Immunisation for your child

20.03.2020
A kid getting vaccination

What is immunisation?

Immunisation is a simple and safe way to protect you and your children from serious diseases. It also helps to protect the broader community by reducing the spread of disease.

When your child is immunised against a disease, it means they’re much less likely to catch that disease in the future.

When your child gets a vaccine, their immune system is exposed to a weakened form of a virus. Their immune system responds by developing antibodies to fight the virus. These antibodies can then step into action to quickly fight the virus if your child comes into contact with it in the future. To learn more, read how immunisation works at the Department of Health.

The recommended immunisations for children under four in Australia protect against dangerous childhood diseases, including:

  • Whooping cough
  • Influenza (flu)
  • Measles
  • German measles
  • Chickenpox
  • Mumps.

See the full list here for all age groups, from birth to 19.

Why get your child immunised?

Health benefits

As well as protecting yourself and your children from potentially life-threatening diseases, you’re also protecting the wider community. In some cases, a robust immunisation program can eradicate diseases. For example, smallpox was eradicated in 1980 after a campaign led by the World Health Organisation.

Access to Australian Government benefits 

When your child is immunised, you’re more likely to be able to access Government benefits and early childhood services.

You child needs to be up to date with the immunisation schedule to be eligible for the following government benefits:

  • Family Tax Benefit Part A
  • Child Care Subsidy

If they’re not up to date, they need to have a medical exemption. You can read more about the immunisation requirements for receiving Government payments at the Department of Human Services.

Access to early childhood services

 To enrol in early childhood services in some states and territories, your child may need to meet certain immunisation requirements. You’ll need to contact your state or territory health service to find out more.

What immunisations does your child need?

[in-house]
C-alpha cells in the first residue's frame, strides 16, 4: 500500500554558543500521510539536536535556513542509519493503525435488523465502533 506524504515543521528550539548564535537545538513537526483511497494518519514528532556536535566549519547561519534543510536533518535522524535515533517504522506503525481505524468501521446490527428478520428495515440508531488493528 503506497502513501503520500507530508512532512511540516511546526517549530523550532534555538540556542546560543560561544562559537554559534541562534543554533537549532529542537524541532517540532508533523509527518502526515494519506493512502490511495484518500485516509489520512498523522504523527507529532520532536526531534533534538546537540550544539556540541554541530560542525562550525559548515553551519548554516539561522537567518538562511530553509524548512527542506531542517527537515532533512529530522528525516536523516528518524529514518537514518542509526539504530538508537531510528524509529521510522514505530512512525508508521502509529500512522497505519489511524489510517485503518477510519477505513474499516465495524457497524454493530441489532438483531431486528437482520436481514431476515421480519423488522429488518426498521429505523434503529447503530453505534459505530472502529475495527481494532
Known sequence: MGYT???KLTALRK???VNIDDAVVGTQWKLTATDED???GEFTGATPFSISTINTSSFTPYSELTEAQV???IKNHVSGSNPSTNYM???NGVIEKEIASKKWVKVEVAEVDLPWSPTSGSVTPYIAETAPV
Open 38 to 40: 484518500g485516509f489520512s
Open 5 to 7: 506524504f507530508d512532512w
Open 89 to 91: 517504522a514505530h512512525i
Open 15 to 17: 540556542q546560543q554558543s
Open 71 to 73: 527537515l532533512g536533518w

It’s important to make sure your child gets certain vaccines at different stages of their development.

The Department of Health outlines the immunisations your child needs from birth to 19 years. Some of these vaccines are free through the National Immunisation Program or state and territory programs.

You can access vaccines through your doctor, immunisation clinics, in schools (with parental consent), local councils, child health nurses and some hospitals. Keep in mind that if your doctor provides the vaccine, you may need to pay a consultation fee if they don’t bulk bill. 

If you’re not sure if your child is well enough to get a vaccine, it’s best to speak with your doctor.  

How to record your child’s immunisations

 It’s best to ask your doctor or vaccination provider to update your child’s immunisation record on the Australian Immunisation Register (AIR). The AIR is a national register that records all vaccines given to people in Australia. You can also use the AIR to get your child’s immunisation history statement.

Where to get more information

Sources

https://www.betterhealth.vic.gov.au/healthyliving/immunisation

https://www.health.gov.au/health-topics/immunisation/immunisation-throughout-life/national-immunisation-program-schedule

https://www.who.int/features/2010/smallpox/en/

https://www.humanservices.gov.au/individuals/services/medicare/australian-immunisation-register

https://www.healthdirect.gov.au/immunisation-or-vaccination-whats-the-difference

https://campaigns.health.gov.au/immunisationfacts/are-vaccines-safe

All information contained in this article is intended for general information purposes only. The information provided should not be relied upon as medical advice and does not supersede or replace a consultation with a suitably qualified health care professional.

Health and wellbeing

programs & support

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